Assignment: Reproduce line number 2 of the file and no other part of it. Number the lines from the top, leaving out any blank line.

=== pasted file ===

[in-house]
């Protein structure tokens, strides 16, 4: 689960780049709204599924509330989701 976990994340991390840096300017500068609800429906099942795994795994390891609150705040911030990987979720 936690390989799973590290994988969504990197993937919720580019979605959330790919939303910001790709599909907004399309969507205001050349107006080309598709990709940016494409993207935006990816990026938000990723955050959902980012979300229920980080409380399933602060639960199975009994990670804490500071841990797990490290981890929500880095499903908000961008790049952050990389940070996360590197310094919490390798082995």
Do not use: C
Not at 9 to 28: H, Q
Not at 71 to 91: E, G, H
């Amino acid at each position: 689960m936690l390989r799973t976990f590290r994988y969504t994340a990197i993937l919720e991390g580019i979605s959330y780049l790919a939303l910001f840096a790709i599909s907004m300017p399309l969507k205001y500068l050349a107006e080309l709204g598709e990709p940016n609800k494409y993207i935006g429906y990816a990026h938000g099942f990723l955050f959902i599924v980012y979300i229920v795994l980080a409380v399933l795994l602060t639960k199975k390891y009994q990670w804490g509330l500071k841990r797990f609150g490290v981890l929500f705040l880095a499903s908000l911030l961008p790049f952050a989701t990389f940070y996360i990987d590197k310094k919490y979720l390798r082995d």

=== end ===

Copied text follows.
């Protein structure tokens, strides 16, 4: 689960780049709204599924509330989701 976990994340991390840096300017500068609800429906099942795994795994390891609150705040911030990987979720 936690390989799973590290994988969504990197993937919720580019979605959330790919939303910001790709599909907004399309969507205001050349107006080309598709990709940016494409993207935006990816990026938000990723955050959902980012979300229920980080409380399933602060639960199975009994990670804490500071841990797990490290981890929500880095499903908000961008790049952050990389940070996360590197310094919490390798082995």